Strange planet: [imagine pleasant nonsense] by: Nathan W Pyle is an easy read graphic novel that has funny themes to it. The aliens are put in a human position and know a little bit about our everyday items and how we live, but are still very funny guessing them and how they work.
Available as an ebook on Hoopla.
Yes, the title of this novel is correct. This is how most of the writing is in this book, but it is for a specific reason. The aliebn Jonny has come to Earth to learn what it is like to be a human being. This journey as to what it means to be a human being and how to make friends. The author Jomny Sun does an amazing job with showing some deep feeling and resonating with the people who are reading it who might not fit in where they are in life. A quote from this book that I believe sums up the tone is, "look. life is bad. everyone is sad. we're all gona die. but i alredy bought this inflatable bouncy castle so are u gona take ur shoes off or wat". I loved this book.
City Monster is my favorite graphic novel from this author. The story seemed to fly by and was nothing what I expected it to be. The artists did a great job with the subtle facial expressions and with the dialog with the images on the pages. There wasn't too much wording, but there also was just enough where it made the story progress. This was kind of like a Pixar short and was written perfectly. I would definitely read this book again and suggest for people to read it as well.
A Silent Voice (2015) is a Japanese manga that follows the story of Shoya, a rambunctious kid who always gets into trouble with his friends. When Shoko, a deaf girl, transfers to his school he becomes obsessed with her in all the wrong ways, teasing and bullying her at any chance he gets. Eventually things get so bad that Shoko transfers schools and the bullying transfers towards him now. Years pass and Shoya and Shoko run into each other by pure chance. Now Shoya wants to find a way to make amends for his past deeds, while dealing with his own insecurities.
Gene Luen Yang is a comic author and writer who has written award-winning graphic novels as well as for the most iconic comic book character Superman. In Dragon Hoops (2020), Yang follows his local high school basketball team, telling their stories and comparing their athletic feats to those of the comic heroes who inspired him when he was young. Yang proves that it is the story of the hero that matters most, not the fancy cape or superpowers.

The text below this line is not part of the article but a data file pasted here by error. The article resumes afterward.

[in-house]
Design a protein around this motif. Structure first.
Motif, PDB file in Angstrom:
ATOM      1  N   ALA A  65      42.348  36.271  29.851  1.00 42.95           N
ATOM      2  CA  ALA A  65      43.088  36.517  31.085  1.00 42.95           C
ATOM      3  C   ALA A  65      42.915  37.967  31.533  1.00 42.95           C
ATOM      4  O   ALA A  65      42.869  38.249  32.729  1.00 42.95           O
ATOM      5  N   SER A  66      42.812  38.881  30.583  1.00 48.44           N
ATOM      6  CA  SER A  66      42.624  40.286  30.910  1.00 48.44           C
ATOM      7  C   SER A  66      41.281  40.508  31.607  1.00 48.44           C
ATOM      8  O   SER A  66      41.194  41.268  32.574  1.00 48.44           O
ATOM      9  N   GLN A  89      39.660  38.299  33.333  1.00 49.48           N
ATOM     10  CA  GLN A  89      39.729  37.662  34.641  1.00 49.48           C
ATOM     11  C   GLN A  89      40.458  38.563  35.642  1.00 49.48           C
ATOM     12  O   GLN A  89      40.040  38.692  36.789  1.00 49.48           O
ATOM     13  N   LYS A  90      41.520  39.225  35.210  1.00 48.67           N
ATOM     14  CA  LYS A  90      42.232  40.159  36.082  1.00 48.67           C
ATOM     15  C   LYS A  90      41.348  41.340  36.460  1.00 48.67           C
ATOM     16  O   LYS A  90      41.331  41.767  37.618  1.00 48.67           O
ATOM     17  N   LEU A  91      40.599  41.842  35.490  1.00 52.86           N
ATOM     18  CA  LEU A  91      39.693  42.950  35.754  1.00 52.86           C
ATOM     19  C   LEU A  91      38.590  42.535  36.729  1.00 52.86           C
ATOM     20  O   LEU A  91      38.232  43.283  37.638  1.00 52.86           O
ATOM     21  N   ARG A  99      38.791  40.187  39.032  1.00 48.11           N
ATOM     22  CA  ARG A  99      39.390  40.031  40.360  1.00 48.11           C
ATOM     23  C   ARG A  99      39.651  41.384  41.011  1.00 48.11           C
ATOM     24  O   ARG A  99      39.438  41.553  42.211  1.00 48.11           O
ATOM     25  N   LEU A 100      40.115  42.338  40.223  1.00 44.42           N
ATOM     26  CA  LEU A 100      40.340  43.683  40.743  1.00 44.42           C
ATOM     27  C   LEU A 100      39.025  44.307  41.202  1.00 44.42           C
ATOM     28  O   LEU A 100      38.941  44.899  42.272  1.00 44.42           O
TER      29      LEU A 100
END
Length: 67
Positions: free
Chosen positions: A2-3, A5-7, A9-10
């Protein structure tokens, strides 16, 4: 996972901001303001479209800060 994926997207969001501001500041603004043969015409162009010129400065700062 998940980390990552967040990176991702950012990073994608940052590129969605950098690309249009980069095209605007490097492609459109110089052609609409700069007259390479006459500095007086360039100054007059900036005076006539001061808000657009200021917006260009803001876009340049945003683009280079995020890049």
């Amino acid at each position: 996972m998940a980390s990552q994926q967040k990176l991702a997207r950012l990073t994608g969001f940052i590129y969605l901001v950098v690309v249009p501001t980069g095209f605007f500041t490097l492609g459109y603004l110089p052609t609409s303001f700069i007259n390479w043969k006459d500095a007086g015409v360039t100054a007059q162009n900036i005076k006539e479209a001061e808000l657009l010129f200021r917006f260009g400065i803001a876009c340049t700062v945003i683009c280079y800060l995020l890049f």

You can also read Dragon Hoops on Overdrive today.
This is a charming story of city girl Jen whose family leaves the big city for the country and farm life. If farm life was not bad enough for a city girl, Jen also has two new stepsisters who live in her room every weekend. Stepping Stones (2020) centers on Jen and her sisters' life on the farm and their time spent at the farmer's market. Jen and her new sisters learn about the hard work it takes to run a farm and to be part of a family that sticks together. Overall, Lucy Knisley's story is uplifting and will appeal to readers of books like Smile and Roller Girl.
Just finished playing a Legend of Zelda game and are longing for more? If so, this is the perfect book for you. The Legend of Zelda: Hyrule Historia (2013) is jam packed with pictures, lore, and information regarding the various Zelda titles. It goes in depth into how some of the environments were created and how it impacts the greater Zelda universe.
If nothing else, the book is just a joy to look at for its art style alone and design choices. Read it instantly on Hoopla today.
In the first story, Mr. Graves takes a seat next to Isabelle on the train taking her home after her release from Statesville. She doesn't know him but he knows every detail of her life. He shows her proof of who murdered her husband and child while she was in prison. He offers her revenge.
A gun and 100 untraceable bullets. Police will immediately drop any investigation of a crime committed using one of these bullets. Will she take him up on it?
Each of the ten stories have that same premise: proof of some kind of outrageous wrong and 100 untraceable bullets. You won't see superheroes, dragons or sorcery. You will get gripping noir drama.
And yet we do love Calvin and Hobbes, because they’re undeniably charming and childlike, with that sense of abandon that we wish we still had. Plus, Hobbes is the voice of reason, after all—a good foil to Calvin’s enthusiastic hedonism and reckless sense of adventure. Though, most of the time, we have to admit Hobbes doesn’t put up much of a fight…
Check out Bill Watterson’s work.
Kate Leth’s comic is ridiculously newcomer-friendly, lighthearted, and all around a good time. For people who do want to dive in further, when the comic refers to other issues, it provides you with the name and the number of the issue it is referencing! Easy peasy! The entire series is available now: check out volumes 2—Don’t Stop Me-Ow— and 3—Careless Whisker(s)— today. Go grab them, kitty-cat!